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Young protagonists in horror films; a quick checklist:

Shy: Alienated from peer group in significant way

Examples: Danny ("The Shining"); Carrie ("Carrie")

Family Trouble: Parents either widowed, single, separated, or suffering tension

Examples: Samuel ("The Babadook"); Chris ("The Hole in the Ground")

Expressive Eyes: Better to record the terror they're experiencing/inflicting

Examples: Toshio ("Ju-On"); Richie ("It")

Crayon Artists: Preoccupied with drawing terrifying things

Examples: Dalton ("Insidious"); Esther ("Orphan")

Evil Desirability: Demonic/Ghostly force hellbent on snatching them

Examples: Regan ("The Exorcist"); Carol Anne ("Poltergeist")

Bearing this handy cheat sheet in hand, let's see how poor Oliver (Azhy Robertson) fares in Jacob Chase's impressively built horror flick "Come Play," which you can think of as a kind of "Babadook" for the digital age.

Oliver, a shy, autistic child who doesn't speak except for pressing the vocal buttons on his special iPhone app, struggles to avoid undue attention at school (No. 1). Living at home with his estranged parents, Sarah (Gillian Jacobs) and soon-to-be-moving-out Marty (No. 2), he spends his free time enjoying episodes of "Sponge Bob" on his phone. One late evening, however, his phone contacts him from his bedside table, presenting him with a spooky storybook ("Misunderstood Monsters"), which tells the story of "Larry," a monster with elongated, stick-like arms and legs extending from a hunch-backed slug's body.

When Oliver begins to read further in the book, swiping through the pages, all the lights in the hallway and his room suddenly flicker and pop, and he hears clomping footsteps coming toward him, leaving him visibly terrified (No. 3).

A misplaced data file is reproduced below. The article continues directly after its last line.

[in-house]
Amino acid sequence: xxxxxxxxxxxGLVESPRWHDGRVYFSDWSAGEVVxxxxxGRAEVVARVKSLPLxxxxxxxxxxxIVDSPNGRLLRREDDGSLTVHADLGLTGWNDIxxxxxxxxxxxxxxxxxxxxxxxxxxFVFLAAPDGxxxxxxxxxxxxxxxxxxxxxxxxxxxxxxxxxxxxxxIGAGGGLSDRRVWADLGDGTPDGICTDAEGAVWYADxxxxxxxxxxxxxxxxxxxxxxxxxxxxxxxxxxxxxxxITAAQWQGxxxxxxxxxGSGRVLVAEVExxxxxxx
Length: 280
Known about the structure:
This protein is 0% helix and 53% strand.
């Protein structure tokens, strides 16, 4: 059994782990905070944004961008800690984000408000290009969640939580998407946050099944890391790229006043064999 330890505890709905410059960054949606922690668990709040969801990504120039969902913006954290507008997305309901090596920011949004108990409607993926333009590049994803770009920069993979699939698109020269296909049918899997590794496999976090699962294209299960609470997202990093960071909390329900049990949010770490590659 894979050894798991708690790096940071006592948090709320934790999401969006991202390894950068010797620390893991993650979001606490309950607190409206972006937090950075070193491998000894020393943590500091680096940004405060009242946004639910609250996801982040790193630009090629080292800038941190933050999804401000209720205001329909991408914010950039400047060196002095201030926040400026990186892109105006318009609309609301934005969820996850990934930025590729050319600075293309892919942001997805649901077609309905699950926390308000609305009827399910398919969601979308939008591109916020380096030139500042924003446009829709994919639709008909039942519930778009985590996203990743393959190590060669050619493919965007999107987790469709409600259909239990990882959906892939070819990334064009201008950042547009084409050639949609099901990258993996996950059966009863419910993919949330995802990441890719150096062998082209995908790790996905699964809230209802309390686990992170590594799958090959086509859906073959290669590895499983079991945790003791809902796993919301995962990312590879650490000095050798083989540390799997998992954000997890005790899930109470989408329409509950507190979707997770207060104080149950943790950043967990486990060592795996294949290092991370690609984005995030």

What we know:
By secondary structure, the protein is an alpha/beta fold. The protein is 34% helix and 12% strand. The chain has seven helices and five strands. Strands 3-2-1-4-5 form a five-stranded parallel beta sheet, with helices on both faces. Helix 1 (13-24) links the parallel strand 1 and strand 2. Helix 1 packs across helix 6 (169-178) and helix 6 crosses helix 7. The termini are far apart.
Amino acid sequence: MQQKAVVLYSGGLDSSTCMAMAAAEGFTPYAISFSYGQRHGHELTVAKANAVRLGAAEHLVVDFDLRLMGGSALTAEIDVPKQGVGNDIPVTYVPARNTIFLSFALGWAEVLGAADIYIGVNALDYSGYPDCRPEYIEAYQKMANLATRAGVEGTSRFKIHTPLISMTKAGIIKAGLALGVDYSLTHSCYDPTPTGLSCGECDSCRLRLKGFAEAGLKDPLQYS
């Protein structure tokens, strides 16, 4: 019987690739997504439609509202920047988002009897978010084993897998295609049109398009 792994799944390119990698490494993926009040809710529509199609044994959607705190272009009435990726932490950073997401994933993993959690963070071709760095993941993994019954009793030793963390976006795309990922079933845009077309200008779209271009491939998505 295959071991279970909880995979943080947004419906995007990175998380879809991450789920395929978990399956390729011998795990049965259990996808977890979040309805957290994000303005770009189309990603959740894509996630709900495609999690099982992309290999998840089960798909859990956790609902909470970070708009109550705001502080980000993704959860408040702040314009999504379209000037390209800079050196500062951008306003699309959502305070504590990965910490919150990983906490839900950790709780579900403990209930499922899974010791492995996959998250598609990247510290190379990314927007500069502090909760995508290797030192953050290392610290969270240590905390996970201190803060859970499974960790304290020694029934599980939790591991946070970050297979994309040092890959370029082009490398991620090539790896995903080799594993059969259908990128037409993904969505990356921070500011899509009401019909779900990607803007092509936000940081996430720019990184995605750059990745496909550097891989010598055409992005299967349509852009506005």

It seems "Larry" comes from another dimension, and, like Oliver, is terribly lonely. What he wants, we come to eventually find out from the rhyming book -- perhaps a bit too explicitly stated -- is to take young Oliver home with him (No. 4), so they can play together forever (whatever that actually means remains anyone's guess -- but given Larry's penchant for a) violence, and, b) scaring the hell out of everyone, it doesn't sound pleasant).

Simple enough premise, so far, and one well-covered by previous sorts of films, but Chase (who directed the short film this feature is based upon) has some verifiable skill in pacing his scary set-tos -- a scene where Oliver spins around his bedroom in goofy joy with his iPad, using a filters app to change his appearance, sets up the obvious sudden materialization of Larry in the background as he spins, but Chase cannily switches from an Oliver POV shot, to a shot of Oliver's face, for three full revolutions before giving us the creepiness we know is still coming. In this way, the director's calibrated patience pays off time and again, giving his scenes additional shocking oomph. For all its familiarity, it's a well-crafted affair, which rewards its otherwise more mundane scares with real anxiety. Just because we know it's coming doesn't mean we can't be affected.